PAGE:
So for example, in my Practice, they have special diabetes clinics, they have special family planning clinics, and if there's any clinic that you've seen online that is interesting to you, hone in on this and explain to them why this has attracted you.

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Be Open About Your Expectations

Another question that I was asked, which in many interviews, sometimes isn't always brought up, is salary expectation.

Now, unlike working within a hospital setting the salary within the GP Practice is very much dependent on the Practice.

They don't follow the banding system as they would in the hospital, they're run like a business.

I would say, be very honest with the salary expectations that you have, and you can negotiate the salary.

With the skills and experiences you have, you can use that as leverage to negotiate a better salary for yourself.

However, do not allow the salary to put you off and remember the goals that you have and work your way up with the various skills that you learn on the job.

Questions You May Want To Ask

Now, here are some questions you might want to ask your interviewer.

Number one, does your role involve working within a PCN?

Now PCN stands for Primary Care Network.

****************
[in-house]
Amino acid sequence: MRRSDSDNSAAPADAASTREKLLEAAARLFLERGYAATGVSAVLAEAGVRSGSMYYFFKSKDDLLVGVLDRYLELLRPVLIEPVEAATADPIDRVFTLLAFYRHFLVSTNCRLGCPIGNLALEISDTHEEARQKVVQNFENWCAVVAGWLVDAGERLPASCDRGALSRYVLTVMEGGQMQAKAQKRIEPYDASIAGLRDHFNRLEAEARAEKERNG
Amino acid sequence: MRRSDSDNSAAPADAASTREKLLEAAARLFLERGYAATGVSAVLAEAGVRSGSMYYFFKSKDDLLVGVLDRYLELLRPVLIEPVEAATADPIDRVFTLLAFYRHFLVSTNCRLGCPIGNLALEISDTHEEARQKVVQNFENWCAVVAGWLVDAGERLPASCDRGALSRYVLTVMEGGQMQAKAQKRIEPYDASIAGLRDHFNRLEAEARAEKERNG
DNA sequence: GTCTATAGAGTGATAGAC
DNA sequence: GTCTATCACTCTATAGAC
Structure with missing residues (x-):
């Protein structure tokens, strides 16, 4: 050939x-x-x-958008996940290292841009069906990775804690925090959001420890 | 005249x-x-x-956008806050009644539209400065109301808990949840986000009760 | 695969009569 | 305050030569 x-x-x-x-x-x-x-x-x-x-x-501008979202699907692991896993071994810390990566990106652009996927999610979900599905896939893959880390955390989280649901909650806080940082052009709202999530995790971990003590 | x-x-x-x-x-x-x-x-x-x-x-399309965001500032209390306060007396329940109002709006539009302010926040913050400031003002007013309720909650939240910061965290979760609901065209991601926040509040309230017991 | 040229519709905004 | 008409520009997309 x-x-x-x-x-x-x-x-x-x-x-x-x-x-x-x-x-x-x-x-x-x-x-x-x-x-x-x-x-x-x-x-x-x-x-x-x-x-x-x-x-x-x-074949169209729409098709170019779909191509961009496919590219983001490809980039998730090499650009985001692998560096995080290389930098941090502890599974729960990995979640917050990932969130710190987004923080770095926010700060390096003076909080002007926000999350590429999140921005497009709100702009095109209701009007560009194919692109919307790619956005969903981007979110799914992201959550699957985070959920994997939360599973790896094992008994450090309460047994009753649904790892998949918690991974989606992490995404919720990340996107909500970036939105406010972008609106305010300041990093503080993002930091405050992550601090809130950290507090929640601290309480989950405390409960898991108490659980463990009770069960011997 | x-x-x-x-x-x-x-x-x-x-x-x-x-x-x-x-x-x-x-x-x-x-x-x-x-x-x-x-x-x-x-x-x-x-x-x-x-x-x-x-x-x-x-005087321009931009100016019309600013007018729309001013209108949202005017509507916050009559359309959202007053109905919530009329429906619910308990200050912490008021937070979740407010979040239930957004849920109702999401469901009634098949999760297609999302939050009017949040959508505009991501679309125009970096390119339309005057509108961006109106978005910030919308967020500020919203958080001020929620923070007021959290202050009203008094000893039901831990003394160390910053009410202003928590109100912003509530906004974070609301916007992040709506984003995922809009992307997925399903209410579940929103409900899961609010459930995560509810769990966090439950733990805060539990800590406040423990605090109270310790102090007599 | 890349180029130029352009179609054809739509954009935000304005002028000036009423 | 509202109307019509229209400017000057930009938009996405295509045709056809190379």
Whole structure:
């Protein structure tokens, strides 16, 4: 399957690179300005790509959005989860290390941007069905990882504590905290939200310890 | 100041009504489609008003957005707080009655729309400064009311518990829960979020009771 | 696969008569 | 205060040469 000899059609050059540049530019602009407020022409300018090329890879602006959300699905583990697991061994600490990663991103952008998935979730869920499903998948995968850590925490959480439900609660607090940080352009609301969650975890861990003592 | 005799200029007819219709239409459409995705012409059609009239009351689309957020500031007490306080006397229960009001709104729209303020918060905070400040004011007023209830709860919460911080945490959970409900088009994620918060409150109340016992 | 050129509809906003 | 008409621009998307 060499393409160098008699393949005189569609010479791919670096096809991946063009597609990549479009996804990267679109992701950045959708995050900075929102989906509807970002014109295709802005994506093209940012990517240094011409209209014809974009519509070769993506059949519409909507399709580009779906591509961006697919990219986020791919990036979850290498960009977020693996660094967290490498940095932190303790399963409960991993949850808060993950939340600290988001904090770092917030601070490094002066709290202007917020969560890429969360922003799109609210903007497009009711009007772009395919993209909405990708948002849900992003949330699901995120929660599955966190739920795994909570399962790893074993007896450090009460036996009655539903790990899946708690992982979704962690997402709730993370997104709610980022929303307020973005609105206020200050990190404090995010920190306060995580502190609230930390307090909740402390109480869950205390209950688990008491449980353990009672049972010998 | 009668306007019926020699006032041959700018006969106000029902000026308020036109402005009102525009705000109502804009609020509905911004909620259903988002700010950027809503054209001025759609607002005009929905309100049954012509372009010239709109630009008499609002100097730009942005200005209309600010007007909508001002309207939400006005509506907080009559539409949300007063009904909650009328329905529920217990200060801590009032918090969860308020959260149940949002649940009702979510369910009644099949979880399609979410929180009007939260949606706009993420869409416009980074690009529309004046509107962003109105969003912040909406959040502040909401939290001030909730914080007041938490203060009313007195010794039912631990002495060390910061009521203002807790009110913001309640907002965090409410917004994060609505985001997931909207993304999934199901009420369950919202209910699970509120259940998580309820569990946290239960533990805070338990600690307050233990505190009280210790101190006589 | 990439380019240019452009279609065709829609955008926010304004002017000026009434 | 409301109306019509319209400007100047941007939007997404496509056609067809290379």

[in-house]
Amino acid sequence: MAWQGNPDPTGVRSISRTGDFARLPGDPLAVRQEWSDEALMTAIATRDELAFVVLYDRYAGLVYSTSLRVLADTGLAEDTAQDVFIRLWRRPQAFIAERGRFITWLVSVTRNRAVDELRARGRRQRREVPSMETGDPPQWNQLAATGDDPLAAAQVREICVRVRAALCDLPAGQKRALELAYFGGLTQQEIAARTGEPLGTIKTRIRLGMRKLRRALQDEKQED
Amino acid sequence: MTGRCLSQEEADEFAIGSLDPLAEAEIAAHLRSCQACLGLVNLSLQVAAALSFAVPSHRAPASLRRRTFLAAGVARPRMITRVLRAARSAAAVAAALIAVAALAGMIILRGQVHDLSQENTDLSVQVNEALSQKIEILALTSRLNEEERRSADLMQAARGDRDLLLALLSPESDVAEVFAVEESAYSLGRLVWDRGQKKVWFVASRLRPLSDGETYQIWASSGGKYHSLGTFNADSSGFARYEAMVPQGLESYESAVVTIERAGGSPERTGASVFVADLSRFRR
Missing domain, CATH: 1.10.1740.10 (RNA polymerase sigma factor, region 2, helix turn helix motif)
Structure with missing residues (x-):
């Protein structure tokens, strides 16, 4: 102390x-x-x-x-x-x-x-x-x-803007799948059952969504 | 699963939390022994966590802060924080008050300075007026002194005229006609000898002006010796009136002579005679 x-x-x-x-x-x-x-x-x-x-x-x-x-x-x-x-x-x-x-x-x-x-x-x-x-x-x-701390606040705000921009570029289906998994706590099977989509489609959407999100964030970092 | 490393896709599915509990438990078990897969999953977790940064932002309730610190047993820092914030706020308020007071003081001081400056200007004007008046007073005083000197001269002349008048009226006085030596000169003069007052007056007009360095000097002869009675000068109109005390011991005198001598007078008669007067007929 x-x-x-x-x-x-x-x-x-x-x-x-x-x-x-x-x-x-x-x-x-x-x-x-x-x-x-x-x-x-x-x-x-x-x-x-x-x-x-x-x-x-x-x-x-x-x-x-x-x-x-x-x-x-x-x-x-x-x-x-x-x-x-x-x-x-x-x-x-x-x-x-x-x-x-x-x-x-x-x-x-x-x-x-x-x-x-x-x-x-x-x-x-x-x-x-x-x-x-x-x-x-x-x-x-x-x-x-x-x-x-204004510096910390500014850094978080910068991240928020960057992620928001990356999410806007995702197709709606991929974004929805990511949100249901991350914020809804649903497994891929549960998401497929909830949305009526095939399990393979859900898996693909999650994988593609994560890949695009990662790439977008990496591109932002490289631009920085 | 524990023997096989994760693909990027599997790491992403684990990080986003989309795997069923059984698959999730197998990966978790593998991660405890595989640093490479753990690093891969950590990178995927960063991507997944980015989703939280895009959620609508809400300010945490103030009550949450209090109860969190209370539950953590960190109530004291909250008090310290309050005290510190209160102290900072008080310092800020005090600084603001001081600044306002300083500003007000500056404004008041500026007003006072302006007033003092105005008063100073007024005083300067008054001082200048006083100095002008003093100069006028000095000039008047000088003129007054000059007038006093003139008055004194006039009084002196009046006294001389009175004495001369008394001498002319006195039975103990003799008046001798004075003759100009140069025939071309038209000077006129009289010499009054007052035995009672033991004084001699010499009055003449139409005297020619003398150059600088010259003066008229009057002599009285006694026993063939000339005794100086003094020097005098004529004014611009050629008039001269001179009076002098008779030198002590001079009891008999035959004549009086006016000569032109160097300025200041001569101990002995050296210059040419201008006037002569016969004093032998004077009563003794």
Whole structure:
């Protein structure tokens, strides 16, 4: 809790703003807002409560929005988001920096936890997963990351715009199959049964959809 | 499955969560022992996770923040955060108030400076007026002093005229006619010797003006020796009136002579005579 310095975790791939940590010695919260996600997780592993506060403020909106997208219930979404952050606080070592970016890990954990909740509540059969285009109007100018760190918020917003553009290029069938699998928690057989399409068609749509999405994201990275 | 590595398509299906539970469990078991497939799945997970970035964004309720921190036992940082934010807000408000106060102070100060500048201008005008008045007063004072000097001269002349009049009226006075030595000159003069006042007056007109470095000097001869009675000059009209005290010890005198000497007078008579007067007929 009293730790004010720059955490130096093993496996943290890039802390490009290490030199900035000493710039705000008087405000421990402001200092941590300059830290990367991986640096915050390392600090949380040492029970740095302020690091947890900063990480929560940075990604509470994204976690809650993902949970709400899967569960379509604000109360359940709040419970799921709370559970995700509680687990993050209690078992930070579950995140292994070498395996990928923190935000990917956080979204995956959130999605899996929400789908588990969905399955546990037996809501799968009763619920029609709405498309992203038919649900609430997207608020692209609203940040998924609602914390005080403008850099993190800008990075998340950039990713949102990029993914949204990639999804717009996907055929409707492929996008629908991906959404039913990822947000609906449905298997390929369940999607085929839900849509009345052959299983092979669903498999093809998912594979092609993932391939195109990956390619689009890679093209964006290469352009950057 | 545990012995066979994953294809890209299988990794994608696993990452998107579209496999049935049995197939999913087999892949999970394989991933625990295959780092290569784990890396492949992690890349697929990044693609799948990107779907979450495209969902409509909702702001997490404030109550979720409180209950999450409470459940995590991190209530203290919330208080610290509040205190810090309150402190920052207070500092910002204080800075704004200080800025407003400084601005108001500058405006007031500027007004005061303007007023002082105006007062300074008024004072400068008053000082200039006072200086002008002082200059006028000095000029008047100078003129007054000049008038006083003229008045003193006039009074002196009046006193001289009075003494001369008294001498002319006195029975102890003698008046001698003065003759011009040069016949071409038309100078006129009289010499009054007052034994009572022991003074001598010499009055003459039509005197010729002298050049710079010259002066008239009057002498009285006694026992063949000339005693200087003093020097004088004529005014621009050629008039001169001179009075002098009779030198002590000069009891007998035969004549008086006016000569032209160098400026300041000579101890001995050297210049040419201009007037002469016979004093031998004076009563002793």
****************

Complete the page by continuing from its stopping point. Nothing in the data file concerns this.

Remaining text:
This consists of a group of Practices within the community coming together to improve quality of care.

Sometimes Practice Nurses are required to work within different Practices within their community, so it's important to ask whether your role will be a stationary role in just one Practice or you'll be moving around various roles during the week.

Be sure to ask for the career prospects within your role and what will be expected of you in the next few months of few years to come.

Be sure to ask for the career prospects within your role and what will be expected of you in the next few months or few years to come.

Ask if there are any progressive roles such as diabetes Nurse specialist, asthma specialist, or even whether the prescriber course is available to you.

And another important question is what are the training opportunities?

It's important to know that this Practice that you want to work for are going to support you in training and learning the various skills such as SMIs, diabetes reviews, asthma reviews, baby immunizations, travel clinic vaccinations, all these various skills that you're going to need to learn.

It's important to know whether your Practice will be supporting you in growing in these areas.

Conclusion

The most important tips I can give for any interview within a GP setting is to be honest, be unique, be yourself, and know your CV and experiences.

I hope this helps.

About the author

  • Debbie Olusola
    GP Nurse

I am a newly qualified GP Nurse in London. After my first degree in Biomedical science, I realised that I wanted a patient facing career, leading me to study nursing as a master’s degree. This is one of the best decisions I’ve made as I am loving my new career and progression prospects.

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  • Debbie Olusola
    GP Nurse

About the author

  • Debbie Olusola
    GP Nurse

I am a newly qualified GP Nurse in London. After my first degree in Biomedical science, I realised that I wanted a patient facing career, leading me to study nursing as a master’s degree. This is one of the best decisions I’ve made as I am loving my new career and progression prospects.

    • Mat Martin
    • Richard Gill
    • Aubrey Hollebon
  • 0
  • 1166